Given that spring is not that far off, I thought of writing up on this topic as a value add so that you’re able to refer to this for some ideas on how to approach growing your own herbs! Soon it’ll be time to sow your herb seeds to grow into young saplings you can plant out when the frost risk is minimal and the ground warms up!
Have a read for some secrets for the best soil preparation, best position and fertiliser types to use, among other things!
And … pssst … for anyone who would like to try my family recipe for mint sauce/chutney, I’ve added that as a bonus! No, it doesn’t taste like the green coloured stuff in the restaurants. It’s a proper Indian-Punjabi homemade sauce!
Given it’s length I’ve broken the topic up into two parts
Part 1 – reasons grow herbs, health benefits, growing herbs indoors
Part 2 – practical tips from proper soil preparation, fertilising etc and the bonus recipe!
Why grow herbs?
Actually why do we use herbs in cooking anyway. Because they make food taste absolutely delicious!
But why grow them? Depends. If you like to cook, so you have a constant supply for the garden. If you’re health conscious, so you have an organic source that is pesticide free. I’m sure you can buy some from the shops but unless you actually try to grow some for yourself, you won’t be aware of the difference in taste. Home grown produce always tastes better in my book!
Cooking with fresh herbs is fun in any case. It’s a mini project either for yourself or with your loved ones to undertake.
It will make you or your kids feel like budding Masterchefs especially when you whip out a wonderful dish from a freshly picked aromatic herb from your very own garden!
Herbs can be expensive to buy in the grocery store in any case. Most recipes call for only a small amount of fresh herbs, so you often end up wasting half the bunch. If you grow your own, you only need to pick what you need.
Plus here’s another feature for some herbs – you can easily incorporate it into your garden design. If done it on some of my designs for scented spaces and they’ve turned out pretty successful and aesthetically pleasing!
For me, the use of herbs is mainly for their health benefits. Many herbs were celebrated for their medicinal properties, well before culinary use. Modern science has now proven that many of them do indeed carry remarkable health benefits.
For example, sage can improve brain function and memory whilst peppermint relieves irritable pain syndrome and may reduce nausea. Holy basil (Tulsi), on the other hand, appears to improve immune function and inhibit the growth of bacteria. It has to be eaten in small doses though. Rosemary has rosmarinic acid has anti-inflammatory effects that appear to suppress allergy symptoms and reduce nasal congestion.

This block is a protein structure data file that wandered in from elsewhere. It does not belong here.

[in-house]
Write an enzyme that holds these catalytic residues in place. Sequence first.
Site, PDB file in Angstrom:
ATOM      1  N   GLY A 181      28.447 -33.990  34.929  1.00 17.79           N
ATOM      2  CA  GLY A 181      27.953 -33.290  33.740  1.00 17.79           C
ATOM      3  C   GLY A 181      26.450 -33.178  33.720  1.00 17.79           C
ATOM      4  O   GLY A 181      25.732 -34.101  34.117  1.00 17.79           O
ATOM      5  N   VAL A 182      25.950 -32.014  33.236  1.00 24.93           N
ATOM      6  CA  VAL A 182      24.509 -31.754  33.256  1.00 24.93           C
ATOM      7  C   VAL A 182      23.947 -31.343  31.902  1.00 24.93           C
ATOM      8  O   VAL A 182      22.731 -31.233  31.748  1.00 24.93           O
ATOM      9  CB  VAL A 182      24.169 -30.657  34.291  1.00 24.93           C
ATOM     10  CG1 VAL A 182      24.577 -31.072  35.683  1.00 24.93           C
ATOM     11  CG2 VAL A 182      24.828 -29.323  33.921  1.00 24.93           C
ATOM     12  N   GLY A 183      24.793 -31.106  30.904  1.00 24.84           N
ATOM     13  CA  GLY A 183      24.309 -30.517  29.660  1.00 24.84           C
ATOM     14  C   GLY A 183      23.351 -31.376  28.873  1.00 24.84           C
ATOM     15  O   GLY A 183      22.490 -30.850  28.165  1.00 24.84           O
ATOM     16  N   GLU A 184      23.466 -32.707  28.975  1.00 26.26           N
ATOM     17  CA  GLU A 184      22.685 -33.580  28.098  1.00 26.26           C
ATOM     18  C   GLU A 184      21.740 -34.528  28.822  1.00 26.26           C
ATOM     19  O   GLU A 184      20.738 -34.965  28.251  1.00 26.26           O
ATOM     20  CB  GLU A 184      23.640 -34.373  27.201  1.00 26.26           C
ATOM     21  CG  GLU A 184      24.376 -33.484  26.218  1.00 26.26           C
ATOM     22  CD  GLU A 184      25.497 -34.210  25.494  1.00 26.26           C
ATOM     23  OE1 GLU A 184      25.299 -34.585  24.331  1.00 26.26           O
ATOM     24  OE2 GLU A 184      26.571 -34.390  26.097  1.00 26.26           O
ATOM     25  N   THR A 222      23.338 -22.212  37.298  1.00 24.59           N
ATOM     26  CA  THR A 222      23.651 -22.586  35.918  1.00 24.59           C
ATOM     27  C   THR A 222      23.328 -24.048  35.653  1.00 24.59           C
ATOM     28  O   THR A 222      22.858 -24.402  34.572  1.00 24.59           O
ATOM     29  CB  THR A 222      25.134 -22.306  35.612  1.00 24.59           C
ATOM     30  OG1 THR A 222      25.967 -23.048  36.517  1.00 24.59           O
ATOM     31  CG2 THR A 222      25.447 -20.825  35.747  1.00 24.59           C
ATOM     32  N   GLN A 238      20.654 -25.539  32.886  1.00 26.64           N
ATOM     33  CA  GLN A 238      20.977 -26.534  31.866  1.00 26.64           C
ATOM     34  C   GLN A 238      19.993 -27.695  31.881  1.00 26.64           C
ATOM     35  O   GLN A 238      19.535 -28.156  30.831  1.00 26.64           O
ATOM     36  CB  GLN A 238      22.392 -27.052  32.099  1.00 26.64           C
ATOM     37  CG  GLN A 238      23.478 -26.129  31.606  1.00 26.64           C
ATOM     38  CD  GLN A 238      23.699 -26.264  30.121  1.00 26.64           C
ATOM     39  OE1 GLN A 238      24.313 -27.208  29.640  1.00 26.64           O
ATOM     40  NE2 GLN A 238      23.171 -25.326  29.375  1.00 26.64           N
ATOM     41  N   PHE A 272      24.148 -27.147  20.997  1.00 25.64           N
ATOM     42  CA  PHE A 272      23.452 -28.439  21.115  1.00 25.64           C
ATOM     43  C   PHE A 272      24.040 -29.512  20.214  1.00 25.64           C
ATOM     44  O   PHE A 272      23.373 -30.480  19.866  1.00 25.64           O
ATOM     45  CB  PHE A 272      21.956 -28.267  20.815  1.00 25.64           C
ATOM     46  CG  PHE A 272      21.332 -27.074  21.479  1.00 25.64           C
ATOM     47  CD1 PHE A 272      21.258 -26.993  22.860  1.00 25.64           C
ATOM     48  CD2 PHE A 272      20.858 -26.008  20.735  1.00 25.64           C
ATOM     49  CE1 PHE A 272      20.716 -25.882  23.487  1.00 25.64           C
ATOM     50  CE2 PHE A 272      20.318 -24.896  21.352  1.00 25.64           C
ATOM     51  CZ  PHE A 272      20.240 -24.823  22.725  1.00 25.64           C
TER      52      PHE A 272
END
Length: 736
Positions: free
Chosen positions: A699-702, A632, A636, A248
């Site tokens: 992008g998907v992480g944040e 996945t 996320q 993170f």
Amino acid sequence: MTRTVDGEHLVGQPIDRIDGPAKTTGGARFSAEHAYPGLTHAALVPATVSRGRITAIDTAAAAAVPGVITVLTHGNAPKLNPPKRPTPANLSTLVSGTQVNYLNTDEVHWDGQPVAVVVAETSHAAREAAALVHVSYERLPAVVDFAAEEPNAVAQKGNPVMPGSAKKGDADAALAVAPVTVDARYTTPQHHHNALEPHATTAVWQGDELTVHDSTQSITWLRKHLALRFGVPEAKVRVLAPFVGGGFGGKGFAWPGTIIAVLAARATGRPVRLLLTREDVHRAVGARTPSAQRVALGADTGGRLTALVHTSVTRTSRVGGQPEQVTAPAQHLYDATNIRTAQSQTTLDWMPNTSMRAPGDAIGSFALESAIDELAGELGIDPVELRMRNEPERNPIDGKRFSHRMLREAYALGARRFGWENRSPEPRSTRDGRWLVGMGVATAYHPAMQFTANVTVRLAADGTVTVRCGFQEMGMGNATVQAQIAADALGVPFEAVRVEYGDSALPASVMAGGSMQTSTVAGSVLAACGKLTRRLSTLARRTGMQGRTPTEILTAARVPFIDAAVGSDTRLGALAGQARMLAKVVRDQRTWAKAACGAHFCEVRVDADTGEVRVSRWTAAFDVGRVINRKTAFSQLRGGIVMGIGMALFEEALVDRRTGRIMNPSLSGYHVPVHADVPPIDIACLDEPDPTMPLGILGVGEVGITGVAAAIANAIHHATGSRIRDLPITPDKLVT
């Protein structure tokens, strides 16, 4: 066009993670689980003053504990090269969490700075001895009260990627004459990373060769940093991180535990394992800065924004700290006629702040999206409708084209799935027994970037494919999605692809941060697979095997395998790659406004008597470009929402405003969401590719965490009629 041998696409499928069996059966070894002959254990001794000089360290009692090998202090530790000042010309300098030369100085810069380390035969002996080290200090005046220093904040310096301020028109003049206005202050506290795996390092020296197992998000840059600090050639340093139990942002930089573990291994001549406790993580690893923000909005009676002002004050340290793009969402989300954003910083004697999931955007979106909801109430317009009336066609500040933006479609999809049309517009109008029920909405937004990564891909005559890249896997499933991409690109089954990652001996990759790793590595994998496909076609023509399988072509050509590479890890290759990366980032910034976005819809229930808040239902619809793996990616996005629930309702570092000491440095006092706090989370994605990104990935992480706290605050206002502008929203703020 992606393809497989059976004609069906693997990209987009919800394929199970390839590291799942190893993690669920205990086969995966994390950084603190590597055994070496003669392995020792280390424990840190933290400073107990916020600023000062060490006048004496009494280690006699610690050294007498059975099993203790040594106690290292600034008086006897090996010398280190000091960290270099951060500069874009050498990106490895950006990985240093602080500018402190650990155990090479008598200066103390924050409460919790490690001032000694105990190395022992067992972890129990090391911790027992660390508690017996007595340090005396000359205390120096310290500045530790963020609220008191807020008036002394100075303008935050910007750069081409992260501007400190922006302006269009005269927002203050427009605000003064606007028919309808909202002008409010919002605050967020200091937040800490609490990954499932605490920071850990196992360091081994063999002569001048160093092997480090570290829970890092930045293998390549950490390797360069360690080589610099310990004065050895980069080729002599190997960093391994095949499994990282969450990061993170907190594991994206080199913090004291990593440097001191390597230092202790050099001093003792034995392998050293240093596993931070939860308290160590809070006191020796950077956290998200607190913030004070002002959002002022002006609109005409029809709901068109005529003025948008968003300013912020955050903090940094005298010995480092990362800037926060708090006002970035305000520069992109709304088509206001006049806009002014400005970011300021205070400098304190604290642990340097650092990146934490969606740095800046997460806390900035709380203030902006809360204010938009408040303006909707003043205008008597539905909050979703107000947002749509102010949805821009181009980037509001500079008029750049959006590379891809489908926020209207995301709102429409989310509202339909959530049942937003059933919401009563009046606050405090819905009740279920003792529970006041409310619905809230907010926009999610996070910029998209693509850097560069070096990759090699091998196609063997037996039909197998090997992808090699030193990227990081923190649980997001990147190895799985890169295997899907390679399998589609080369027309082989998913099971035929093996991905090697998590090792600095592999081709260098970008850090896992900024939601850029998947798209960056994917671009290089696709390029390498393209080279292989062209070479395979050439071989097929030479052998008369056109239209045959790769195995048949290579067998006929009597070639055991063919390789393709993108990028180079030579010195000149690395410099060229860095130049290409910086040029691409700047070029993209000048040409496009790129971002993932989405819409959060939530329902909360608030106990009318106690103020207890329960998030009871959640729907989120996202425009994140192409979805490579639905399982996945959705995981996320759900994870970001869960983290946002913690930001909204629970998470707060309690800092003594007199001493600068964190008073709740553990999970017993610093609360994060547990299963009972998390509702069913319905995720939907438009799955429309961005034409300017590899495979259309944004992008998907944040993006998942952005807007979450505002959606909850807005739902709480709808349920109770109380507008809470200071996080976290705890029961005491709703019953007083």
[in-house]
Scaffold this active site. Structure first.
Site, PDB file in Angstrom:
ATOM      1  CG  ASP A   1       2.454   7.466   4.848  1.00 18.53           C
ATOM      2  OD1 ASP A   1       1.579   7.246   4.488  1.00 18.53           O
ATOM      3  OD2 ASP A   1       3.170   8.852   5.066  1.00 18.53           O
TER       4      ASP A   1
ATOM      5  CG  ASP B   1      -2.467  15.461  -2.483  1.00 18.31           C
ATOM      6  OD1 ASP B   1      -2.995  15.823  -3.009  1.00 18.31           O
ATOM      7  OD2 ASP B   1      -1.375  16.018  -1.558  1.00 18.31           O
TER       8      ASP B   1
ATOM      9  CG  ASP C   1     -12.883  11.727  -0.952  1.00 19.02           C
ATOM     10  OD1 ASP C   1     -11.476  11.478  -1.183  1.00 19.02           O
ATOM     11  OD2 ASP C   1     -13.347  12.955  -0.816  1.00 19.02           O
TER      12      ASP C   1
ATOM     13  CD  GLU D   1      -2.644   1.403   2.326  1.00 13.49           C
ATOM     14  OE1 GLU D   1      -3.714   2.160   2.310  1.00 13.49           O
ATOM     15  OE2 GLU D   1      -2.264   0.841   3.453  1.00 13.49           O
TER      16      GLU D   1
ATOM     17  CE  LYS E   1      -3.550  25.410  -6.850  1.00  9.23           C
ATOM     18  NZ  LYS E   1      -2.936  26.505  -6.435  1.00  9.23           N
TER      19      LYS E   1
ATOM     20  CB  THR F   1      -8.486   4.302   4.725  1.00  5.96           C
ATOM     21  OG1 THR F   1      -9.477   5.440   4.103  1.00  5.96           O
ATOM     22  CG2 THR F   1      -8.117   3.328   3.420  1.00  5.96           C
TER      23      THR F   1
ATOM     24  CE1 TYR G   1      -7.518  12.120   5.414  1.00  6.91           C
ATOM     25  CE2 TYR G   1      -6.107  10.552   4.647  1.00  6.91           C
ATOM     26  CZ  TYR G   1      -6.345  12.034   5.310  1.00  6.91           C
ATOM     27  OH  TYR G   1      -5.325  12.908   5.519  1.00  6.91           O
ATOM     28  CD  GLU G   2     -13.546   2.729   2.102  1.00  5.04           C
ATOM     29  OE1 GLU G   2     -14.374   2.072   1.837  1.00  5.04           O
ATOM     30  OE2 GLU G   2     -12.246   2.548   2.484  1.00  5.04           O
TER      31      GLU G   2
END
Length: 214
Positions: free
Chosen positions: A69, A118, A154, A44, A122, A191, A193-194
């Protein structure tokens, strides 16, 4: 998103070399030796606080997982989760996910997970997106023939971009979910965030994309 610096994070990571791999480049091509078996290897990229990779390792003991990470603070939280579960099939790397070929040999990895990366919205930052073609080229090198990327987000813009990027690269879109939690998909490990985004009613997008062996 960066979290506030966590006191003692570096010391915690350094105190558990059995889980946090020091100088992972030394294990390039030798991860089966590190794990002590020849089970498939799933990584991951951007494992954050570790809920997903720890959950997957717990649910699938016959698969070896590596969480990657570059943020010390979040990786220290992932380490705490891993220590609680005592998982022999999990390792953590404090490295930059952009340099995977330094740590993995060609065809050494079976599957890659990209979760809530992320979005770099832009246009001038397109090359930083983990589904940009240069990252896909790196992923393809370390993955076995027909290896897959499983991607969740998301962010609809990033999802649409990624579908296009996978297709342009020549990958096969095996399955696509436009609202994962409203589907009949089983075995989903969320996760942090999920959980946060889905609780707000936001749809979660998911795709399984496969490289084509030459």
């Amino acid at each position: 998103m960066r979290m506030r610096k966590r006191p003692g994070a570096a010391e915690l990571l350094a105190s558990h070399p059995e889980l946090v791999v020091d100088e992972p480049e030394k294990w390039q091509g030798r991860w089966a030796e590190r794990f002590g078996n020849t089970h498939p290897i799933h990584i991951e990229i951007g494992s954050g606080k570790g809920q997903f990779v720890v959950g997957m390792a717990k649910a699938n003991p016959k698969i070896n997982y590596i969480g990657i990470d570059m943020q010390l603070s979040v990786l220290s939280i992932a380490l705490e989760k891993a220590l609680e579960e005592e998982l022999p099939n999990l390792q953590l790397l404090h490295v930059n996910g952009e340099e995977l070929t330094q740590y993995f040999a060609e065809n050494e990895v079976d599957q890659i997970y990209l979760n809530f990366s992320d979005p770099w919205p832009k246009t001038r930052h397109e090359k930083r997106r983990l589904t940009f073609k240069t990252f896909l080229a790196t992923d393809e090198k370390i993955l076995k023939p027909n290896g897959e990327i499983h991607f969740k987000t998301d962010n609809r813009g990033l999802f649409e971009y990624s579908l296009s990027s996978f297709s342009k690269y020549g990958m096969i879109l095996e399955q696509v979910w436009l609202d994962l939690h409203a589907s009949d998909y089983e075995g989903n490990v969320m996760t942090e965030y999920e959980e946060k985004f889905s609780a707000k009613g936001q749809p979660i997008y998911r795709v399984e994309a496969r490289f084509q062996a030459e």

So, using herbs in some form, helps your body fight infections and boosts your immunity! It pays to do your research and to make necessary enquiries from qualified dieticians and naturopaths.
Herbs are really easy to grow, and you don’t need a yard or even a patio.
I’d say grow pretty much what you like but which also work for your space and aspect (sun/shade).
Growing them indoors is a little tricky as the general rule with herbs is to plant them out in the sun.
However, use the list I’ve prepared below as a launch pad to growing them indoors. These are herbs I’ve grown myself on my sunny kitchen windowsill that have proven themselves as easy growers (on their own and without a grow light).
My hope is that this list will narrow down your plant selection and provide immediate success and enjoyment!
- Basil (may not thrive in winter but you can try perennial basil)
- Chervil (French Parsley)
- Cilantro (Coriander)
- Mints (Spearmint, Peppermint)
- Lemongrass (you may need to snip their grass like leaves a little)
I haven’t tried the following herbs indoors but others have recommended them. I’d suggest though to invest in a grow light to avoid disappointment as my experience with them is that would rather enjoy the outdoors, in full sun – Sage, Rosemary, Dill and Thyme!
Herbs for growing outside
For Melbourne, I highly recommend the following for an endless supply of aroma and flavour
- Perennial basil
- Borage – easily self seeds so you’re not going to be short of it! The flowers taste like cucumber
- Parsley – easily self seeds
- Fennel – becareful with this one as it’s not a very friendly
- Pineapple and the common sage
- Passionfruit marigold – edible flowers and a really touch plant. Flowers amazingly in winter for some bright winter cheer
- Mints – but will die back over winter. Give the choc mint a go!
- Tasmanian Pepper – this is on trend right now but you need to make sure it only gets morning sun and a lot of water. It doesn’t recover from shock or neglect!
- Edible lavender – yes not all are edible!
Hungry for more information on picking the right herbs for you and other aspects of the article above?
Then check out the following write-ups which could assist!
In the meantime, visit my past projects below which also squeezed in some beautiful herbs and vege patches!
Vermont South A
Our passion your garden! xx